Now in its second year, the Lexus IS 500 F Sport Performance is a manufacturer outlier. The luxury brand extension of Toyota is geared toward upscale interiors and comfort on the open road.
The 2023 edition of the V8 sedan is more focused on performance while maintaining the Lexus reputation.
Without much change from its debut offering, the 2023 Lexus IS 500 F Sport is available in Base and Premium trims. The Launch Edition is gone. Powered by a 5.0-liter V8 with 472 horsepower engine, the small luxury sedan’s engine ia paired with an eight-speed automatic transmission. It has Sport S, Sport S+ and Custom drive modes for customizing the driving feel. Gas mileage averages are underwhelming, with 17 miles per gallon in city driving, 25 mph.
A sport-tuned adaptive suspension, Torsen limited-slip differential, larger brakes and 19-inch Enkei wheels fitted with performance tires are also part of the touted performance push of the 2023 Lexus IS 500 F Sport.
Driving the IS 500 F Sport provides an additional example of the carmaker’s reputation In its second year, has moved toward the top of its segment. It offers a smooth, comfortable ride, particularly noticeable at high speeds.
The adaptive suspension provides the sport sedan’s maneuvering poise and its nimble personality adds to the enjoyment. Several stellar competitors have better acceleration. The Audi RS is rated at 3.7 seconds from 0-60 miles per hour, the BMW M3 is marketed with a 4.1-second effort.
The Lexus is plenty quick enough for everyone except for the speed-obsessed at 4.4 seconds. It’s fastest enough to advance the notion that the IS 500 F Sport should be offered with a six-speed manual transmission. It’s not.
Lexus vehicles are always chock-full of standard equipment. The base model IS 500 follows tradition, with an impressive variety of stuff, adaptive sport suspension a heated and power-adjustable steering wheel to simulated leather upholstery to front and rear parking sensors with automatic braking.
Safety also gets priority treatment via automatic emergency braking, lane departure mitigation, a lane-keeping system, adaptive cruise control and a blind-spot monitor with rear cross-traffic alert.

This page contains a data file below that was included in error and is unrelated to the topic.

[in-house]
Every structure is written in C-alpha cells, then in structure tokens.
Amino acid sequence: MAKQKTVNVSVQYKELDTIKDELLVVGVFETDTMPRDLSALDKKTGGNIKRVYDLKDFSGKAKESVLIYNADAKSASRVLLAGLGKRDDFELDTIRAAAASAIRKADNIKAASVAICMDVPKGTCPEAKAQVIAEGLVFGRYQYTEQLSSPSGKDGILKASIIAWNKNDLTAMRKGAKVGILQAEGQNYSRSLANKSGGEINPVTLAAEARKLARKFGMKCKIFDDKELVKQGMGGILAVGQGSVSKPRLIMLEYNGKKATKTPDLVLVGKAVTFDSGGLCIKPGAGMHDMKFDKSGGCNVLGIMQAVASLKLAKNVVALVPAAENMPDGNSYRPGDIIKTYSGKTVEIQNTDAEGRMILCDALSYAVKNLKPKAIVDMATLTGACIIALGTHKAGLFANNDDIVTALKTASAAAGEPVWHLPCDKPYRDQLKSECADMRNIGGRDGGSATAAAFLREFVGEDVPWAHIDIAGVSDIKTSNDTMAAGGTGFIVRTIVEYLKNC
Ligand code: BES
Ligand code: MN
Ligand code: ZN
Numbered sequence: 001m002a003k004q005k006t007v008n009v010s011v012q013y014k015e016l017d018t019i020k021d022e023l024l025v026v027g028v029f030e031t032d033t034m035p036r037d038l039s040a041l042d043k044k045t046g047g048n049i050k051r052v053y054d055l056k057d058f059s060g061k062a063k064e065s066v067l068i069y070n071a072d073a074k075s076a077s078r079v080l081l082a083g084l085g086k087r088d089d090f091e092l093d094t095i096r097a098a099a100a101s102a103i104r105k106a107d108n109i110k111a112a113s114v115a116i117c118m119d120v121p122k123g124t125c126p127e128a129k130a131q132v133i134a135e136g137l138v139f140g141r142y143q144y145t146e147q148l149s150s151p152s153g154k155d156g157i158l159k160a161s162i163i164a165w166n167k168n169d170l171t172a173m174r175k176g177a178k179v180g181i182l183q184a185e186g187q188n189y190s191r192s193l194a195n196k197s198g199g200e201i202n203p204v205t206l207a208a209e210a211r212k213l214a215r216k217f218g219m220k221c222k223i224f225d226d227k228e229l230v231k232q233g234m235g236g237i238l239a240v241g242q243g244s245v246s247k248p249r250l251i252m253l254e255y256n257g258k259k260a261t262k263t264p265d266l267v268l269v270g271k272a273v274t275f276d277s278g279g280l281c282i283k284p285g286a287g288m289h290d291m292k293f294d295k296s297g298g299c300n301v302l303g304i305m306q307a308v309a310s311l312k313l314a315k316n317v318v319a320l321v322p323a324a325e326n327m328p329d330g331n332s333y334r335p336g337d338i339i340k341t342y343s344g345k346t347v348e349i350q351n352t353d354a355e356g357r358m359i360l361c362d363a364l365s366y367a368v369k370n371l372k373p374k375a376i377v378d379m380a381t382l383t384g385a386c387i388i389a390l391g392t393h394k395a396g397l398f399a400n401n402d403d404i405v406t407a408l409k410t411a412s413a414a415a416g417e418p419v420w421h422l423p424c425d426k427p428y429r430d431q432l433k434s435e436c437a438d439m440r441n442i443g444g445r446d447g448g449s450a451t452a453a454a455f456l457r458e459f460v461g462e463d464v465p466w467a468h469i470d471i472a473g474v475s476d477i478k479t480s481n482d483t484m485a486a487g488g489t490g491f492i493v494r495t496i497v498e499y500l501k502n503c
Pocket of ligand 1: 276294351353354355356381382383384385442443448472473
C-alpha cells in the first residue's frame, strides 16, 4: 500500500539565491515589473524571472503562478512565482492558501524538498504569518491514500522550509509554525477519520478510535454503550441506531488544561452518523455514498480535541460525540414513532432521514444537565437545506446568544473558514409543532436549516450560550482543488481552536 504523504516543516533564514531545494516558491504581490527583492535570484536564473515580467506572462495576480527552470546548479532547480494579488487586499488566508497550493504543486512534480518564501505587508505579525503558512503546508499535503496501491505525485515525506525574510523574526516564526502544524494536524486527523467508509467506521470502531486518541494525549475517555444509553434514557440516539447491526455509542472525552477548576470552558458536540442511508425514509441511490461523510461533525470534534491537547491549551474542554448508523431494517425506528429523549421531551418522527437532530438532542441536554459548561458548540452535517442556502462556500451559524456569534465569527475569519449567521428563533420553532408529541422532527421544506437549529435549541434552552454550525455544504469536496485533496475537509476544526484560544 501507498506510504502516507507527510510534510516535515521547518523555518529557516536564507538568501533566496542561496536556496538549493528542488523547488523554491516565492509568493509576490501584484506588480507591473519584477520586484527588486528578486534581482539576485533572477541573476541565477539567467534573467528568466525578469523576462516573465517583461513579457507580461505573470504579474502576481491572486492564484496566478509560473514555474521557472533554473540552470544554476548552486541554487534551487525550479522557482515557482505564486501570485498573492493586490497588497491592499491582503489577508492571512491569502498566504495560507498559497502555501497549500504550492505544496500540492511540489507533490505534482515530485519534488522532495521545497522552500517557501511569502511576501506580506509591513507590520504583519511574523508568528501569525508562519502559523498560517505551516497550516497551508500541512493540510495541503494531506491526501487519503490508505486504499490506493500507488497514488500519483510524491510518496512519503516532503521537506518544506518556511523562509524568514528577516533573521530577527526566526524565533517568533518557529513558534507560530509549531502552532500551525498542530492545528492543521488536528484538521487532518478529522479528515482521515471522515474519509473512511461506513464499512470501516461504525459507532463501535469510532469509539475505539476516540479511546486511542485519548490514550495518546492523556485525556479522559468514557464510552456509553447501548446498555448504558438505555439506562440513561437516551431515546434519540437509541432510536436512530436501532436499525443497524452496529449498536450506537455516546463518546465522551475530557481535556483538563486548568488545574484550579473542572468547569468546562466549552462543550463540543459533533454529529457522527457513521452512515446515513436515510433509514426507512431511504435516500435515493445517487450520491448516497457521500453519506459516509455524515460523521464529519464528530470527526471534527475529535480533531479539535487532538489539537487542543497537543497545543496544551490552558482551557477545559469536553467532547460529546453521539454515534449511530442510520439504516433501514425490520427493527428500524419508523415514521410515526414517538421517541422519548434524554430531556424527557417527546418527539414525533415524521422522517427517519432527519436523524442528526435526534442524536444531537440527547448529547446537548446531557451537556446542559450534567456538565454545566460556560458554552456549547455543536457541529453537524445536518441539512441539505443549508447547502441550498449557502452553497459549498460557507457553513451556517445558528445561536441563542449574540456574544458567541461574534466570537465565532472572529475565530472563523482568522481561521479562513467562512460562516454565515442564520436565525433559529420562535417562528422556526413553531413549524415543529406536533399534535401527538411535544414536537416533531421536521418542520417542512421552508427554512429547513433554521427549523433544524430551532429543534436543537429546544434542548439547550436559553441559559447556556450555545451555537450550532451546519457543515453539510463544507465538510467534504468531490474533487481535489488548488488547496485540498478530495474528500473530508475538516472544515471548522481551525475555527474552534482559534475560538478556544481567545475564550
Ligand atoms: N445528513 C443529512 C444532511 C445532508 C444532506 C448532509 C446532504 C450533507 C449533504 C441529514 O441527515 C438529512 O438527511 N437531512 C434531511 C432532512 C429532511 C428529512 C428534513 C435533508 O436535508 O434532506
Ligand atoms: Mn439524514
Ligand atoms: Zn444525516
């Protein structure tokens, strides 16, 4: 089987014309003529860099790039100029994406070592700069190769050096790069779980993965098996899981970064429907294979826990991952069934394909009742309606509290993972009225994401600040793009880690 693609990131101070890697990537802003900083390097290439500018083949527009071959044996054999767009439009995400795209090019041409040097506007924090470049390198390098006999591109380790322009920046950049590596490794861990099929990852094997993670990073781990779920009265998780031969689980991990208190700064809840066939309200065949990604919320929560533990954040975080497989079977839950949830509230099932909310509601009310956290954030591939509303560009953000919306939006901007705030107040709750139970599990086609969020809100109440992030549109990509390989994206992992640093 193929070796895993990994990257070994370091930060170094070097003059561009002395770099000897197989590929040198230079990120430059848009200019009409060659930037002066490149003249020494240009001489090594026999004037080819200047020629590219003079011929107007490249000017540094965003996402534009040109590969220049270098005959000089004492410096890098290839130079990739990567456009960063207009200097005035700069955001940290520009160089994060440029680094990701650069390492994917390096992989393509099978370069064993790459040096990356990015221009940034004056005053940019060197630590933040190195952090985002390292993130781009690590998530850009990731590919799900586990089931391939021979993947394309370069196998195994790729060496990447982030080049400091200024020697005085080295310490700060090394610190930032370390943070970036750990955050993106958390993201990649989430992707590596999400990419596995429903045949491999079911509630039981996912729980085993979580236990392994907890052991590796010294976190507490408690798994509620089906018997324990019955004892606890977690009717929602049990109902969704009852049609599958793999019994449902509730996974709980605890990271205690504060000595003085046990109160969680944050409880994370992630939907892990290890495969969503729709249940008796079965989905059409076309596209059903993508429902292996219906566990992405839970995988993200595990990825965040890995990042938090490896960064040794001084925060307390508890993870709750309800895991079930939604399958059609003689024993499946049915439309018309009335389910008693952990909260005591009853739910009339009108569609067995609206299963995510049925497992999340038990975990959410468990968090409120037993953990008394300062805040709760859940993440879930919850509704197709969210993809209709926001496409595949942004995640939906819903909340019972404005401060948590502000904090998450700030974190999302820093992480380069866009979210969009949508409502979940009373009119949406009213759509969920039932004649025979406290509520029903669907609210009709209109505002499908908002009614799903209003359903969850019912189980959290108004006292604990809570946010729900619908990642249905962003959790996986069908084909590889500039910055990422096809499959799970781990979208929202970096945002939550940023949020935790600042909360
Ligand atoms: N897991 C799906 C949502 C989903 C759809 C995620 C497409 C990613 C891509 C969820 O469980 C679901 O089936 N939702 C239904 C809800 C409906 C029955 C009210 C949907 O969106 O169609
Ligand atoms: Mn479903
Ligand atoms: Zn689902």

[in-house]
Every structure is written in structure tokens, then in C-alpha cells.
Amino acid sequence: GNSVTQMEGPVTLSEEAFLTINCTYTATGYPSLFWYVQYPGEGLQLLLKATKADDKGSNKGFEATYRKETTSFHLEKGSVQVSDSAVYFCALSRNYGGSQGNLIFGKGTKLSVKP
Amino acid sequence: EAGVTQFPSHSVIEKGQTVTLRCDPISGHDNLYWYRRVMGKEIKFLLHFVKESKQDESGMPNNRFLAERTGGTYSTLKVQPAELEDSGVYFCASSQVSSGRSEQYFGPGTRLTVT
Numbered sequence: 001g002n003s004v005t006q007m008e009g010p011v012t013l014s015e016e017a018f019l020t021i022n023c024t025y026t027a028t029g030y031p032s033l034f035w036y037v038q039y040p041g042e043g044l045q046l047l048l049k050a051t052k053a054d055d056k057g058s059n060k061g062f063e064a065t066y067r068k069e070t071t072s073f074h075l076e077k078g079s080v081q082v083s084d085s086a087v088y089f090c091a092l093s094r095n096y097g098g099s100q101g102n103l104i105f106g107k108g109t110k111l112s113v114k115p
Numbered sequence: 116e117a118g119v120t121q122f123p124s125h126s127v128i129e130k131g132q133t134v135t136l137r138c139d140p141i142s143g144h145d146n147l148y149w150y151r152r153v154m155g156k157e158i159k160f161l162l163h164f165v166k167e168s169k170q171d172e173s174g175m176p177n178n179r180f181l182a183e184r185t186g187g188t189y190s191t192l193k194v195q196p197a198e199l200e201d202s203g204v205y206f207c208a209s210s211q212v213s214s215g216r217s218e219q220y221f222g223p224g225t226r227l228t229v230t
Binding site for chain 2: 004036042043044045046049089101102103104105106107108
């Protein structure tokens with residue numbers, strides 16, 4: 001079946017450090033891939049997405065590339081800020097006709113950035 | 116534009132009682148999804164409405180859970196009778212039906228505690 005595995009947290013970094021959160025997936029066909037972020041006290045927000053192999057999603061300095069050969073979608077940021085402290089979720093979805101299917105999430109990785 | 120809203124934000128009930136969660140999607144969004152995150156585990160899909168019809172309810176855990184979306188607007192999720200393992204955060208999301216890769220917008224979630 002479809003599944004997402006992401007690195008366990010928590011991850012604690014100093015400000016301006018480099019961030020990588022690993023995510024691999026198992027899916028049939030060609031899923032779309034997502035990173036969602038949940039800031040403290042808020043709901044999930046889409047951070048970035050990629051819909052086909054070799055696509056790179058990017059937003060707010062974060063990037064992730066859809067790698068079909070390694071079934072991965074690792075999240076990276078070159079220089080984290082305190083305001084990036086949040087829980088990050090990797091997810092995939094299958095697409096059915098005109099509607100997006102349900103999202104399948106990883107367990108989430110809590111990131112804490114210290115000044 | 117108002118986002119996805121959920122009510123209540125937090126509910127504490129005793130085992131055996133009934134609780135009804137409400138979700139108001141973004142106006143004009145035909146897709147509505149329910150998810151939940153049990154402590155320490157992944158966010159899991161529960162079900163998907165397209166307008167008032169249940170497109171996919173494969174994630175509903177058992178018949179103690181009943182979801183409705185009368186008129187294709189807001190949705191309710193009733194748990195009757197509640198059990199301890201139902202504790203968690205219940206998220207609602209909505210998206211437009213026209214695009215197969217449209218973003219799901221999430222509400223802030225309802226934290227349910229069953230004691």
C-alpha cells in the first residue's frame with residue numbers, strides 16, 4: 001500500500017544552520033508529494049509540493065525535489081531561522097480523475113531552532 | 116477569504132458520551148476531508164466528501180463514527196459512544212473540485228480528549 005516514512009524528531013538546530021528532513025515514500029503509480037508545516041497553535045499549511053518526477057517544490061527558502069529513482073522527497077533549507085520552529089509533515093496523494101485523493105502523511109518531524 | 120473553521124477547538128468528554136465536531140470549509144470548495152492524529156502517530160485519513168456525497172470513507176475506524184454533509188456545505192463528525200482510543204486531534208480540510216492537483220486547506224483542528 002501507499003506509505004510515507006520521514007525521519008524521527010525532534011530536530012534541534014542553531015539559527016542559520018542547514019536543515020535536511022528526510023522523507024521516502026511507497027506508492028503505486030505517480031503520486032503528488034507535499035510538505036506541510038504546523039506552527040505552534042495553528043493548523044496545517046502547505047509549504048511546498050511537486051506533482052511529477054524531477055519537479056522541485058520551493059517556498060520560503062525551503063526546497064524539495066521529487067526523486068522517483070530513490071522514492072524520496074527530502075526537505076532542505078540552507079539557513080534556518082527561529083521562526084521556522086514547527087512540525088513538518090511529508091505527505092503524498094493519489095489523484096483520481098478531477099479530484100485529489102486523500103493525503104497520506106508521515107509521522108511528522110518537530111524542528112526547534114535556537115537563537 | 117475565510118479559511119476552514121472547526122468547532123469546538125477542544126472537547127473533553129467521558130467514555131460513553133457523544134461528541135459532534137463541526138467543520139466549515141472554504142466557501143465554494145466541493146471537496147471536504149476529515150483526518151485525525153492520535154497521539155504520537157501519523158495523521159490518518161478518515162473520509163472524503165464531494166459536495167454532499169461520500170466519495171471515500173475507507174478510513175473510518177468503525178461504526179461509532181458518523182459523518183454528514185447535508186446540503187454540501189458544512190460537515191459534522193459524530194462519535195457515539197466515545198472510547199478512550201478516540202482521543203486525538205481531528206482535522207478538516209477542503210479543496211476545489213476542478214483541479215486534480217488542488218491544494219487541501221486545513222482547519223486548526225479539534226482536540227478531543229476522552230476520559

The reviewed Performance Premium trim adds upgraded LED headlights, a 10.3-inch touchscreen display navigation system, a 17-speaker Mark Levinson audio system, a 360-degree camera system and a power rear sunshade.
Apple CarPlay, Android Auto, satellite radio, and connected services including Wi-Fi access, and Amazon Alexa integrations are all in the mix. And so is the signature Lexis touchpad. It once was a slick new feature. Now it’s dated and cumbersome.
The electric brake lever also needs a new location. It’s hidden in the lower right-hand corner position below the steering wheel.
Lexus also always gets interiors right. While not as lavish as some competitors, Lexus uses top-quality materials. The front seats are supportive and comfortable and have a wide assortment of positions. Like many smaller sedans, rear seating while also quality-emphasized, provides adequate space only for petite passengers.
Here’s hoping Lexus one day soon discards its unattractive spindle grille. It’s among the car’s only few downsides. Restrictive rear seat space and small overall cargo space are the car’s only downfalls.
The IS 500 has quad exhaust tips and a spoiler. Neither is necessary but the equipment further accentuates the sedan’s sportiness. The engine’s growl will appeal to those who enjoy the sound of throat-clearing.
While competitors may be well-heeled and offer more flash, the newbie Lexus has a second-year legitimate contender.
With its upscale black-matted wheels ($2,450) and a few less expensive items, the Lexus IS 500 Sport Performance is a $66,500 vehicle. It’s a crowded marketplace and it’s always good for competition to have many choices.
Article Last Updated: August 17, 2023.
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A sports, travel and business journalist for more than 45 years, James has written the new car review column The Weekly Driver since 2004.
In addition to this site, James writes a Sunday automotive column for The San Jose Mercury and East Bay Times in Walnut Creek, Calif., and a monthly auto review column for Gulfshore Business, a magazine in Southwest Florida.
An author and contributor to many newspapers, magazines and online publications, James has co-hosted The Weekly Driver Podcast since 2017.